We have a lot to unpack in this week’s saying. Let’s begin with talking about the mountain or mulberry tree. In the book Binding the Strong Man: A Political Reading of Mark’s Story of Jesus, Ched Myers writes about Mark’s use of this week’s saying under the heading “Faith as Political Imagination.” William Telford also saw an economic and political backdrop on which to understand this week’s saying:

“In Jewish circles, the correlative mountain and tree uprooting images [were] found in legal, legendary, thaumaturgic and eschatological contexts and employed in connection with the Rabbi, the king, the hero, the thaumaturge or the Messianic follower. In a legal context, the term ‘uprooter of mountains’ was found to have a technical meaning. Applied to the king (and to Herod in particular), it could be employed as a double entendre, bolstering a legal argument for the exceptional nature of Herod’s pulling down of the Temple . . . The function of [Mark’s] redaction is therefore to announce, we believe, that the ‘moving of mountains’ expected in the last days was now taking place. Indeed, about to be removed was the mountain par excellence, the Temple Mount. The Temple, known to the Jewish people as the ‘mountain of the house’ or ‘this mountain’ was not to be elevated, as expected, but cast down!” (William Telford, The Barren Temple and the Withered Tree, p. 118)

Jesus’ narrative contrasts with the narrative of the elites of his day and of future Zealots in Jewish-Roman war, which would take place three decades later. Both of these groups saw the Temple State as enduring. The elites believed that as long as the Empire remained strong and the Temple aristocracy cooperated with Rome’s demands, the Temple State centered in Jerusalem could endure. The Zealots, on the other hand, sought to reform the Temple State. They, along with the Jewish poor, revolted against economic exploitation and wrested control of the Temple State from the aristocrats. They then launched a three-and-a-half year war to liberate Jerusalem from Roman occupation and the poor from the exploitation of the controlling Jewish families of their time.

But both of these narratives involved a Temple State enduring in some form, and Jesus taught that the Temple State could be overturned. I cannot state this strongly enough: Jesus was a Jew, not a Christian. He did not envision a Christian religion replacing Judaism; rather he envisioned a Jewish society without a Temple State. Why? Because in his day the Temple State was at the heart of the exploitation of the poor he had dedicated his life to working in solidarity with. The Jesus of the gospels envisioned a world where the presence of YHWH could be expressed through a community of resource-sharing and redistribution as opposed to a Temple at the heart of the systemic exploitation of the poor.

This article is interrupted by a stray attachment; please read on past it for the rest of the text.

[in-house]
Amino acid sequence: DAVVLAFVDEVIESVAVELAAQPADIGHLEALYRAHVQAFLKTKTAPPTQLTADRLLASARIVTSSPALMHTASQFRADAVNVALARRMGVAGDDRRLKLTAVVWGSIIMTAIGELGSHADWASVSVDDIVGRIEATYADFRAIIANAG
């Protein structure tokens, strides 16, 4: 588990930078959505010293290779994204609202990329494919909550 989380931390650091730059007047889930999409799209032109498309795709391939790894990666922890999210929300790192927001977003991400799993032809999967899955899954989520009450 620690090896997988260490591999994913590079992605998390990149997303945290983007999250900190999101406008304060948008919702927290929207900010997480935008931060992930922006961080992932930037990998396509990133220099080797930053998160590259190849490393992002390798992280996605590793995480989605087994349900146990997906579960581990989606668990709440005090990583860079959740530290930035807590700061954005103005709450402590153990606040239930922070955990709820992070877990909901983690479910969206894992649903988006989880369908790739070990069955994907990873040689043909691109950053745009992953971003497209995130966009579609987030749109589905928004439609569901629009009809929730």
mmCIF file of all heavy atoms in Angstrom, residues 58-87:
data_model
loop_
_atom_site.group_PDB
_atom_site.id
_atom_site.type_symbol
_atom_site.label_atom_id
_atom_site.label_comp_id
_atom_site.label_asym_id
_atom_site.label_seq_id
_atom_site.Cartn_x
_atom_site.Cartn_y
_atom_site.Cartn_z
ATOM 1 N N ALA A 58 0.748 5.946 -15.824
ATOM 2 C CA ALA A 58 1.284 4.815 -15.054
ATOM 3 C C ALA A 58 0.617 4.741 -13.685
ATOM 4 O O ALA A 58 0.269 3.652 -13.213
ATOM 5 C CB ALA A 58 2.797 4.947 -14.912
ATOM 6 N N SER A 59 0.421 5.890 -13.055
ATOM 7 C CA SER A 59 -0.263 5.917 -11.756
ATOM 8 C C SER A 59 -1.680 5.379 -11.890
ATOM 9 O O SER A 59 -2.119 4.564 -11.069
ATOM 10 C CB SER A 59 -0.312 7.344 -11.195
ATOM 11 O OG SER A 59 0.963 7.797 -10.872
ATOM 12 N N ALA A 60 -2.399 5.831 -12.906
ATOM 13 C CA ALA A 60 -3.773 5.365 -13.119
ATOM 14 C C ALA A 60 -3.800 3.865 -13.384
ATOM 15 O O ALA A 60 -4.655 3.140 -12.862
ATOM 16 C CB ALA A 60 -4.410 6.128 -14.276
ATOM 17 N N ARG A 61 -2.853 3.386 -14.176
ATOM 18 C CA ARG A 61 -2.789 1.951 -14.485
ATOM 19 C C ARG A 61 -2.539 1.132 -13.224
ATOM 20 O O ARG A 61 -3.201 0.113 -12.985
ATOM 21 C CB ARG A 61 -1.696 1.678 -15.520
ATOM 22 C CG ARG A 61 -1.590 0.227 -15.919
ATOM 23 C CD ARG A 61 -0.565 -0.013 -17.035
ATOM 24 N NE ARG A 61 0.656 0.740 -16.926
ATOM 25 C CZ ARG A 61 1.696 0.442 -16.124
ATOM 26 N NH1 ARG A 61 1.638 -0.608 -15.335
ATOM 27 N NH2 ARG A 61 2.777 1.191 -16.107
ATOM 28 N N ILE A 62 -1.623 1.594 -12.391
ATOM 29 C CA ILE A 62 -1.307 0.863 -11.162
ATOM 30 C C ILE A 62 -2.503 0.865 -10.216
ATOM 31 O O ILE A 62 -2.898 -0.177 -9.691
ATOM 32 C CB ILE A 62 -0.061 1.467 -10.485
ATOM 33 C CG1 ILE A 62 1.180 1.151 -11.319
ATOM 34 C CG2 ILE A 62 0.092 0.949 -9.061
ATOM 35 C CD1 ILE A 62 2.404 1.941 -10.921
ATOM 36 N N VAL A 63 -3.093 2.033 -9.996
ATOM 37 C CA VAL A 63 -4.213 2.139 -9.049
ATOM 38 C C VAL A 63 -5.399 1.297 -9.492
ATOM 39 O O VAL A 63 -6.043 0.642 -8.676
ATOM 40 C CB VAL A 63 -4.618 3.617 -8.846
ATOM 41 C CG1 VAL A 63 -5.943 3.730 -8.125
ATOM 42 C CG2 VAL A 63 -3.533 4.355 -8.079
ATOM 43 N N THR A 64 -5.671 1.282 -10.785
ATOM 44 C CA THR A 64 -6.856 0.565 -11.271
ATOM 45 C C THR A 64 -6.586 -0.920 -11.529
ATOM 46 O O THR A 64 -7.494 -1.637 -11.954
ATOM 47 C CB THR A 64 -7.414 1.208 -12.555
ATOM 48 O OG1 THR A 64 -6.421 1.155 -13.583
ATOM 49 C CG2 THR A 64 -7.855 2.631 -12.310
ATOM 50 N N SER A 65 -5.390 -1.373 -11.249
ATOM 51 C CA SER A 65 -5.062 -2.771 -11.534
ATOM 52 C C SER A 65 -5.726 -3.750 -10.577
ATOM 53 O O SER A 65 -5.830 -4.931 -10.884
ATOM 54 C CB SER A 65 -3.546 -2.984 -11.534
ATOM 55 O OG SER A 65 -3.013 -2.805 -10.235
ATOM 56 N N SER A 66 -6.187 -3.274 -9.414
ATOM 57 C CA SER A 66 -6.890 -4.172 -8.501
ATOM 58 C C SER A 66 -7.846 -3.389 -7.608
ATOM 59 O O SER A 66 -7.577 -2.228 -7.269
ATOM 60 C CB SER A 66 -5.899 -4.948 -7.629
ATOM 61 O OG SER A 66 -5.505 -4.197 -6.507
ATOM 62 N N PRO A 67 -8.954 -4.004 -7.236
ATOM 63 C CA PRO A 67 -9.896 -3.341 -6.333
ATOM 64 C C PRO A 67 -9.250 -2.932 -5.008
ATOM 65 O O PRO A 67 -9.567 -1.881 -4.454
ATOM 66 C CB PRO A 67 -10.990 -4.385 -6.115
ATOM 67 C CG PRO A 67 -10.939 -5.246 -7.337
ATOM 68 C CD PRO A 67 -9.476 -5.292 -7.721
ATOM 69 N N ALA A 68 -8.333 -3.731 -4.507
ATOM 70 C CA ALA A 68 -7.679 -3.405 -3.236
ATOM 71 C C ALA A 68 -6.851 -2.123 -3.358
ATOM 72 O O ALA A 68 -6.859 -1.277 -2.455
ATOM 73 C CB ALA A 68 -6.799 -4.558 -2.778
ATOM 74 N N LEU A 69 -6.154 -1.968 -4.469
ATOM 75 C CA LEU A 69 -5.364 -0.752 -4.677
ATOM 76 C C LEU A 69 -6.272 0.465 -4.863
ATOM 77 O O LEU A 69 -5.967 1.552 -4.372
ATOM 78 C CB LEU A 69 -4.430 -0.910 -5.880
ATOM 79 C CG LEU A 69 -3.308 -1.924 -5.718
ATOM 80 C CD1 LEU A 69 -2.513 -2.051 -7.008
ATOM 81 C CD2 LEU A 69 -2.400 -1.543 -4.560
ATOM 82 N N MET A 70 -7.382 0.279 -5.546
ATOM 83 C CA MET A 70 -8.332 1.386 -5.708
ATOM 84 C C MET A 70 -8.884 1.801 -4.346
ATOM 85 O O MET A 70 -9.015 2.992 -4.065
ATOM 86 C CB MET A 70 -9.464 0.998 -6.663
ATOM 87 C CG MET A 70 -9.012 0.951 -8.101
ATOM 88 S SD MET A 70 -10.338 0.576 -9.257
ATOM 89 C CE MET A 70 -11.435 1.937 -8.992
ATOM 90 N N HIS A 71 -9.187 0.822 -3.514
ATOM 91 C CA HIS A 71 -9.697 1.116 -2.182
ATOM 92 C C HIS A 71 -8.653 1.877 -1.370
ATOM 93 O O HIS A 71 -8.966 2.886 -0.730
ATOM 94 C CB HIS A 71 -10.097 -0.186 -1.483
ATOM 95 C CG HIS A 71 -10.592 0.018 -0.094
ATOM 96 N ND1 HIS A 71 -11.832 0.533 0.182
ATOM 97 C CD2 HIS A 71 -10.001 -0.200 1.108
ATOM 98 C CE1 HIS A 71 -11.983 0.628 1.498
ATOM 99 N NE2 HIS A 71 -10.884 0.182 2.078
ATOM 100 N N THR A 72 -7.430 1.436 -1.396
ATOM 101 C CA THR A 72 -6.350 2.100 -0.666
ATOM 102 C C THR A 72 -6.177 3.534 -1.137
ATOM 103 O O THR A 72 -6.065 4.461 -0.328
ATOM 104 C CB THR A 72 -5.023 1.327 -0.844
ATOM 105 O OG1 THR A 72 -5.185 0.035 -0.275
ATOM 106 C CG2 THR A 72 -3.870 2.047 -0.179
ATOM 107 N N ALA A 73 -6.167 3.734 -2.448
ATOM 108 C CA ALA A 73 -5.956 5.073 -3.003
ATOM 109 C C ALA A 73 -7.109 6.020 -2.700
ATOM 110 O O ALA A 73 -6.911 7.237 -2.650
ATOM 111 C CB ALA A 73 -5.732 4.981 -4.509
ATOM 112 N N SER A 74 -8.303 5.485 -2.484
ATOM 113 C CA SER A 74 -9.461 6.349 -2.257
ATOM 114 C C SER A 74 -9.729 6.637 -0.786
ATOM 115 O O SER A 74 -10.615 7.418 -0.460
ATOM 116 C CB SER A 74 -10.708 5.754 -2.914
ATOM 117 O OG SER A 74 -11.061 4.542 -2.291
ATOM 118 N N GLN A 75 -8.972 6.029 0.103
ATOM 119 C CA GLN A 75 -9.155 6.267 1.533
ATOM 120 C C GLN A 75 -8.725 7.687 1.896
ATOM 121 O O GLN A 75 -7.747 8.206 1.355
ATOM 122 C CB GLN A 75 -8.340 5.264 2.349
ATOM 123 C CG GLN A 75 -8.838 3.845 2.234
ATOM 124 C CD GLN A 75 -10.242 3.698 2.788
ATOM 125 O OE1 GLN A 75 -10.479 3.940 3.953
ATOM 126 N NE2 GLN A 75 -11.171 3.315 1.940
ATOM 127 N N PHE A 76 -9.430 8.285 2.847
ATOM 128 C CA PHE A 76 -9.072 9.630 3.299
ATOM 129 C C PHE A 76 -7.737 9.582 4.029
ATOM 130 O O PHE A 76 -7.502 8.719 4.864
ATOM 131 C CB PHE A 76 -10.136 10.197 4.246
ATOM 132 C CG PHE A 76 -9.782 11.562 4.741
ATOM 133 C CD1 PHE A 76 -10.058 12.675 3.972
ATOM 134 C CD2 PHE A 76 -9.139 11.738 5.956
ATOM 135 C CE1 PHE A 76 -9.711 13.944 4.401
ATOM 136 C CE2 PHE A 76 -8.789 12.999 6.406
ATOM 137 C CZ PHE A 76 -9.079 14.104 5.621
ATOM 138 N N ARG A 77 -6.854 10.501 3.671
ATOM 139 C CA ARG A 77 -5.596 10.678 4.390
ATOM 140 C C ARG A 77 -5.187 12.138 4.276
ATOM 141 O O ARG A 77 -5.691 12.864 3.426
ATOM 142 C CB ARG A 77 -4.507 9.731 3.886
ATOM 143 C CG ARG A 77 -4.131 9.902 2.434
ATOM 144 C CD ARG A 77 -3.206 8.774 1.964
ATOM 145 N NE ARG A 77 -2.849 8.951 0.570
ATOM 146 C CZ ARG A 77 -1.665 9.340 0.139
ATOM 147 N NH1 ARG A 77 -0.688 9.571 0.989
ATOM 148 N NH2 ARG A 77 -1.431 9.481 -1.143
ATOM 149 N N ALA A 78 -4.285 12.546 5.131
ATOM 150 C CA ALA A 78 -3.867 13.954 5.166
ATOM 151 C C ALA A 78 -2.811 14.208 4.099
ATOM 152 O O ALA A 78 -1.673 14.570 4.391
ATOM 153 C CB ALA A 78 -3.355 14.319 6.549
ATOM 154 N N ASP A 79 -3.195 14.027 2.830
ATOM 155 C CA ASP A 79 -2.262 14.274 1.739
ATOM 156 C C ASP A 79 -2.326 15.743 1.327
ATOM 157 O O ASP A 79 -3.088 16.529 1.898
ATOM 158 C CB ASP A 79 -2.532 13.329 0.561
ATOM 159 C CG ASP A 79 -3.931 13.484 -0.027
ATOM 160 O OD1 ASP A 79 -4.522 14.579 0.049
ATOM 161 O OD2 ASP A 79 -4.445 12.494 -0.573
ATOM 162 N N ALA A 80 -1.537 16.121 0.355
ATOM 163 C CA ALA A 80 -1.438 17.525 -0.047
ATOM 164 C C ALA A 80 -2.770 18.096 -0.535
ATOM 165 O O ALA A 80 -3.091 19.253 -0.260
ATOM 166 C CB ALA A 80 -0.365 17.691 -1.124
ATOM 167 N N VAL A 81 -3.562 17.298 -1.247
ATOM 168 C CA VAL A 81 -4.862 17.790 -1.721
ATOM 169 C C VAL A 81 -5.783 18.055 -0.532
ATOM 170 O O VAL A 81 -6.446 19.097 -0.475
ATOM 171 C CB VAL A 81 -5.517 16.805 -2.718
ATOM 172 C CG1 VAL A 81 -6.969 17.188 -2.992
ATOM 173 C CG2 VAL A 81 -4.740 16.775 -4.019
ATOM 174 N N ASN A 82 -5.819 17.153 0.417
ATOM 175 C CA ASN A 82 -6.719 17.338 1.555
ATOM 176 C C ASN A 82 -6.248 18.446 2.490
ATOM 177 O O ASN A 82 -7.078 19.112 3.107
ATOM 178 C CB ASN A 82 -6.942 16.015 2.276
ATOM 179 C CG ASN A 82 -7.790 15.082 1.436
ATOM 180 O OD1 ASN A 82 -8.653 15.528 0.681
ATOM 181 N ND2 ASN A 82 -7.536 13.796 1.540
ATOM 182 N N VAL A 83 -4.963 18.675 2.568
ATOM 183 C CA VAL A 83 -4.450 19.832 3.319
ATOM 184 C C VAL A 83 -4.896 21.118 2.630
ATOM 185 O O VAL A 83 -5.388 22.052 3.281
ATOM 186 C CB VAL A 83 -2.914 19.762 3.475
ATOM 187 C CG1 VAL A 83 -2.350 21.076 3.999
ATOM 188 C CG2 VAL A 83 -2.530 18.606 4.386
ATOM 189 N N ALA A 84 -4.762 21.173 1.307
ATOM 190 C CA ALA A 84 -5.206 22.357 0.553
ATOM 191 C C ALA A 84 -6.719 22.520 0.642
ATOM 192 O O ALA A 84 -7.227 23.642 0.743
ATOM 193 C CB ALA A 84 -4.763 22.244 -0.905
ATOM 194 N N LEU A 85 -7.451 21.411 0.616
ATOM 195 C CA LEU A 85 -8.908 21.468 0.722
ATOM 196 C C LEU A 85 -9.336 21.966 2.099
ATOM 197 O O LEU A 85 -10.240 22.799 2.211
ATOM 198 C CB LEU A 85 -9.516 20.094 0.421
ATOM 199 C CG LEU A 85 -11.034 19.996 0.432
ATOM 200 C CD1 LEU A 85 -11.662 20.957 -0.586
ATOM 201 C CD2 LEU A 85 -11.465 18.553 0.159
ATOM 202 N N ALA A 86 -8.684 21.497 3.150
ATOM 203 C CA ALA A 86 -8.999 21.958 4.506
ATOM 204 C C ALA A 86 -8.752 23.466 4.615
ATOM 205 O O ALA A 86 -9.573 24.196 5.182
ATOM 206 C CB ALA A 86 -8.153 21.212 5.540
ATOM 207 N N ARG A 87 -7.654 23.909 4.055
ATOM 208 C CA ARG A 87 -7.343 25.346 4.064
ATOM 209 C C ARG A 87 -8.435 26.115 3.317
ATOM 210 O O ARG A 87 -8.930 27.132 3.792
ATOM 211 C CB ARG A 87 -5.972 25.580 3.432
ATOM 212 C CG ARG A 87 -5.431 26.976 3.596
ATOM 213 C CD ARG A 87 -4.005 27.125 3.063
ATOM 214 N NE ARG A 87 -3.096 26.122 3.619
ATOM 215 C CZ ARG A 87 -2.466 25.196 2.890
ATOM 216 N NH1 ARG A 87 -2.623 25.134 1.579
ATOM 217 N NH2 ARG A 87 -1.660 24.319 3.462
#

Consider the following passages:

“But go and learn what this means: ‘I desire mercy, not sacrifice.’” (Matthew 9:13)

“But a poor widow came and put in two very small copper coins, worth only a few cents. (Mark 12:42, cf. Luke 21:2)

“Calling his disciples to him, Jesus said, ‘Truly I tell you, this poor widow has put more into the treasury than all the others. They all gave out of their wealth; but she, out of her poverty, put in everything—all she had to live on.’” (Mark 12:43-44)

Then immediately following this account of the economic abuse of this poor woman, we read:

“As Jesus was leaving the temple, one of his disciples said to him, ‘Look, Teacher! What massive stones! What magnificent buildings!’ ‘Do you see all these great buildings?’ replied Jesus. ‘Not one stone here will be left on another; every one will be thrown down.’ (Mark 13:1-2)

It was a vision of a different world.

The exploiting Temple State is the mountain the Jesus envisions being cast in the sea in the synoptics.

Thrown into the Sea

In Mark’s gospel, we first encounter the imagery of being thrown into the sea in the story of the exorcism at Gerasenes. Here the demoniac is a symbol of the Jewish people being occupied by the Roman Empire—the demons’ name is “Legion,” like the unit of Roman soldiers. When the demons plead not to be driven out of the land, Jesus permits them to inhabit a nearby herd of pigs who hurl themselves (and the empire they symbolize) into the sea.

“A large herd of pigs was feeding on the nearby hillside. The demons begged Jesus, ‘Send us among the pigs; allow us to go into them.’ He gave them permission, and the impure spirits came out and went into the pigs. The herd, about two thousand in number, hurled themselves down the steep bank into the sea and were drowned.” (Mark 5:11-13)

Now Jesus is using this same image for his listeners, calling them to imagine a world where the exploitative Temple State (Mark and Matthew’s Mountain and Luke’s Mulberry Tree), too, could be thrown into the sea.

The message was that the world can be remade, without exploitation.